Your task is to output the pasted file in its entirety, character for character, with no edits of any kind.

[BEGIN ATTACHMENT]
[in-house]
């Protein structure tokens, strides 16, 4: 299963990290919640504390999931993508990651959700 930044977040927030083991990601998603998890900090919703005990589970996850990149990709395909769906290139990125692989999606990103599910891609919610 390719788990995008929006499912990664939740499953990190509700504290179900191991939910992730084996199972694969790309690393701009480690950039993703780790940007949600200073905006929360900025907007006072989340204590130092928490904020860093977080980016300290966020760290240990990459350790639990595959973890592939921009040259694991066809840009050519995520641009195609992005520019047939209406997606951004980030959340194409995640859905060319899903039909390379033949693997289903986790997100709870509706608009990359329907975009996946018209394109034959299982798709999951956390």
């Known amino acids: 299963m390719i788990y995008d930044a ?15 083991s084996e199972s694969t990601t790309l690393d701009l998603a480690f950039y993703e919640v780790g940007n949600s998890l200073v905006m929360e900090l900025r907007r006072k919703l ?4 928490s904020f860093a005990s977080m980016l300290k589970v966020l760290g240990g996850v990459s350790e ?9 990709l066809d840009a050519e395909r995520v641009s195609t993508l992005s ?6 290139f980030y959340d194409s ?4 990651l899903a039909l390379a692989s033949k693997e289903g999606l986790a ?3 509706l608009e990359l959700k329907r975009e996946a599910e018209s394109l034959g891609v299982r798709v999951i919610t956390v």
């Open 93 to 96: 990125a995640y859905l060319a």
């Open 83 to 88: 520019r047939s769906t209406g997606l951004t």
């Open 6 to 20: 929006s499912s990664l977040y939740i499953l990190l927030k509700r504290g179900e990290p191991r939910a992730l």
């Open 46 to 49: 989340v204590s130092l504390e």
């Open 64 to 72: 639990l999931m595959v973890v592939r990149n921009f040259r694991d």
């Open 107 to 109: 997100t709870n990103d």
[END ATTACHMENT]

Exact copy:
[in-house]
């Protein structure tokens, strides 16, 4: 299963990290919640504390999931993508990651959700 930044977040927030083991990601998603998890900090919703005990589970996850990149990709395909769906290139990125692989999606990103599910891609919610 390719788990995008929006499912990664939740499953990190509700504290179900191991939910992730084996199972694969790309690393701009480690950039993703780790940007949600200073905006929360900025907007006072989340204590130092928490904020860093977080980016300290966020760290240990990459350790639990595959973890592939921009040259694991066809840009050519995520641009195609992005520019047939209406997606951004980030959340194409995640859905060319899903039909390379033949693997289903986790997100709870509706608009990359329907975009996946018209394109034959299982798709999951956390």
């Known amino acids: 299963m390719i788990y995008d930044a ?15 083991s084996e199972s694969t990601t790309l690393d701009l998603a480690f950039y993703e919640v780790g940007n949600s998890l200073v905006m929360e900090l900025r907007r006072k919703l ?4 928490s904020f860093a005990s977080m980016l300290k589970v966020l760290g240990g996850v990459s350790e ?9 990709l066809d840009a050519e395909r995520v641009s195609t993508l992005s ?6 290139f980030y959340d194409s ?4 990651l899903a039909l390379a692989s033949k693997e289903g999606l986790a ?3 509706l608009e990359l959700k329907r975009e996946a599910e018209s394109l034959g891609v299982r798709v999951i919610t956390v």
């Open 93 to 96: 990125a995640y859905l060319a």
């Open 83 to 88: 520019r047939s769906t209406g997606l951004t």
């Open 6 to 20: 929006s499912s990664l977040y939740i499953l990190l927030k509700r504290g179900e990290p191991r939910a992730l």
């Open 46 to 49: 989340v204590s130092l504390e």
């Open 64 to 72: 639990l999931m595959v973890v592939r990149n921009f040259r694991d």
């Open 107 to 109: 997100t709870n990103d």